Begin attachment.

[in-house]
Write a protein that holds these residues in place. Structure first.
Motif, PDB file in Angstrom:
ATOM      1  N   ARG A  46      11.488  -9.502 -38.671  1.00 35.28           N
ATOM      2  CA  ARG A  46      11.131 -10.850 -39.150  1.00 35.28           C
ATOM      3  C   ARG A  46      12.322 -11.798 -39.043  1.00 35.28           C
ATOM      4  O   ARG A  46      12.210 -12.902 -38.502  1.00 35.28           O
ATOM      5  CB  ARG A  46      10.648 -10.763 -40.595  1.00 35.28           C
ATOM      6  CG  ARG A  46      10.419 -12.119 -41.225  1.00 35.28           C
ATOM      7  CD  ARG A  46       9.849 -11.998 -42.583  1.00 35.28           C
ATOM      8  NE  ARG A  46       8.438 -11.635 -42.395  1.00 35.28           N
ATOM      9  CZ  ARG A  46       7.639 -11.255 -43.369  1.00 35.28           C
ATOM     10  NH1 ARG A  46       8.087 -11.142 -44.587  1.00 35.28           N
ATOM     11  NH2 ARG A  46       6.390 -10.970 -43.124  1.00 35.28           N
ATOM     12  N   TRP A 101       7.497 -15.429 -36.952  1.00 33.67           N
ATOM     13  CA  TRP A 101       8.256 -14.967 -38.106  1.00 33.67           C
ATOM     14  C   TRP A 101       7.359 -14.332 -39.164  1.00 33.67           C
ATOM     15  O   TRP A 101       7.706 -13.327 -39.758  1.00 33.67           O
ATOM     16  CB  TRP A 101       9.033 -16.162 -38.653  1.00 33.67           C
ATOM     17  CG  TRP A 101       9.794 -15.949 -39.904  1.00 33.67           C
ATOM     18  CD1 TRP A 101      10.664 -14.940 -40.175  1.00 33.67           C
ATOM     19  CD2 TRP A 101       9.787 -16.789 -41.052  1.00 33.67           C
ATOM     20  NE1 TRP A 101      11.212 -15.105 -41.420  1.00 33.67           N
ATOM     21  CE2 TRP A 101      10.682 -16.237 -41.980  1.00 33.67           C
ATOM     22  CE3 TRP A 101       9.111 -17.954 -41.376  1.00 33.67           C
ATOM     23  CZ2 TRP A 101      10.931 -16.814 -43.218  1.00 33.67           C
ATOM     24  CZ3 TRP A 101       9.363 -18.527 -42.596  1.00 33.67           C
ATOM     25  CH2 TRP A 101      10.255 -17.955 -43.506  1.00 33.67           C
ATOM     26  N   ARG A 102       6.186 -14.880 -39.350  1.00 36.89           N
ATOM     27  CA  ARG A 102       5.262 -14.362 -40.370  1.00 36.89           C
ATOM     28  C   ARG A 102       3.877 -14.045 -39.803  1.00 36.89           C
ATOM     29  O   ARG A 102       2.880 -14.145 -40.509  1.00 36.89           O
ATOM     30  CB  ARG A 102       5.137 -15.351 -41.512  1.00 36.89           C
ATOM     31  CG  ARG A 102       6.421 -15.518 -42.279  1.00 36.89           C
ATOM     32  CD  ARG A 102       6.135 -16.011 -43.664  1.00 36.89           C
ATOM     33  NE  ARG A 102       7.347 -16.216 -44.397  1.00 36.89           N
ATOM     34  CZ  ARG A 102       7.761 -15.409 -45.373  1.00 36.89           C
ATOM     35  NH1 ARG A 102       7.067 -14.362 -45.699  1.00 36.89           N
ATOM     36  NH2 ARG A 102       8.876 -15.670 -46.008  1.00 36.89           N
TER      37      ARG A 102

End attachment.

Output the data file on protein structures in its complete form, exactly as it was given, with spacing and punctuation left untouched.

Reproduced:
[in-house]
Write a protein that holds these residues in place. Structure first.
Motif, PDB file in Angstrom:
ATOM      1  N   ARG A  46      11.488  -9.502 -38.671  1.00 35.28           N
ATOM      2  CA  ARG A  46      11.131 -10.850 -39.150  1.00 35.28           C
ATOM      3  C   ARG A  46      12.322 -11.798 -39.043  1.00 35.28           C
ATOM      4  O   ARG A  46      12.210 -12.902 -38.502  1.00 35.28           O
ATOM      5  CB  ARG A  46      10.648 -10.763 -40.595  1.00 35.28           C
ATOM      6  CG  ARG A  46      10.419 -12.119 -41.225  1.00 35.28           C
ATOM      7  CD  ARG A  46       9.849 -11.998 -42.583  1.00 35.28           C
ATOM      8  NE  ARG A  46       8.438 -11.635 -42.395  1.00 35.28           N
ATOM      9  CZ  ARG A  46       7.639 -11.255 -43.369  1.00 35.28           C
ATOM     10  NH1 ARG A  46       8.087 -11.142 -44.587  1.00 35.28           N
ATOM     11  NH2 ARG A  46       6.390 -10.970 -43.124  1.00 35.28           N
ATOM     12  N   TRP A 101       7.497 -15.429 -36.952  1.00 33.67           N
ATOM     13  CA  TRP A 101       8.256 -14.967 -38.106  1.00 33.67           C
ATOM     14  C   TRP A 101       7.359 -14.332 -39.164  1.00 33.67           C
ATOM     15  O   TRP A 101       7.706 -13.327 -39.758  1.00 33.67           O
ATOM     16  CB  TRP A 101       9.033 -16.162 -38.653  1.00 33.67           C
ATOM     17  CG  TRP A 101       9.794 -15.949 -39.904  1.00 33.67           C
ATOM     18  CD1 TRP A 101      10.664 -14.940 -40.175  1.00 33.67           C
ATOM     19  CD2 TRP A 101       9.787 -16.789 -41.052  1.00 33.67           C
ATOM     20  NE1 TRP A 101      11.212 -15.105 -41.420  1.00 33.67           N
ATOM     21  CE2 TRP A 101      10.682 -16.237 -41.980  1.00 33.67           C
ATOM     22  CE3 TRP A 101       9.111 -17.954 -41.376  1.00 33.67           C
ATOM     23  CZ2 TRP A 101      10.931 -16.814 -43.218  1.00 33.67           C
ATOM     24  CZ3 TRP A 101       9.363 -18.527 -42.596  1.00 33.67           C
ATOM     25  CH2 TRP A 101      10.255 -17.955 -43.506  1.00 33.67           C
ATOM     26  N   ARG A 102       6.186 -14.880 -39.350  1.00 36.89           N
ATOM     27  CA  ARG A 102       5.262 -14.362 -40.370  1.00 36.89           C
ATOM     28  C   ARG A 102       3.877 -14.045 -39.803  1.00 36.89           C
ATOM     29  O   ARG A 102       2.880 -14.145 -40.509  1.00 36.89           O
ATOM     30  CB  ARG A 102       5.137 -15.351 -41.512  1.00 36.89           C
ATOM     31  CG  ARG A 102       6.421 -15.518 -42.279  1.00 36.89           C
ATOM     32  CD  ARG A 102       6.135 -16.011 -43.664  1.00 36.89           C
ATOM     33  NE  ARG A 102       7.347 -16.216 -44.397  1.00 36.89           N
ATOM     34  CZ  ARG A 102       7.761 -15.409 -45.373  1.00 36.89           C
ATOM     35  NH1 ARG A 102       7.067 -14.362 -45.699  1.00 36.89           N
ATOM     36  NH2 ARG A 102       8.876 -15.670 -46.008  1.00 36.89           N
TER      37      ARG A 102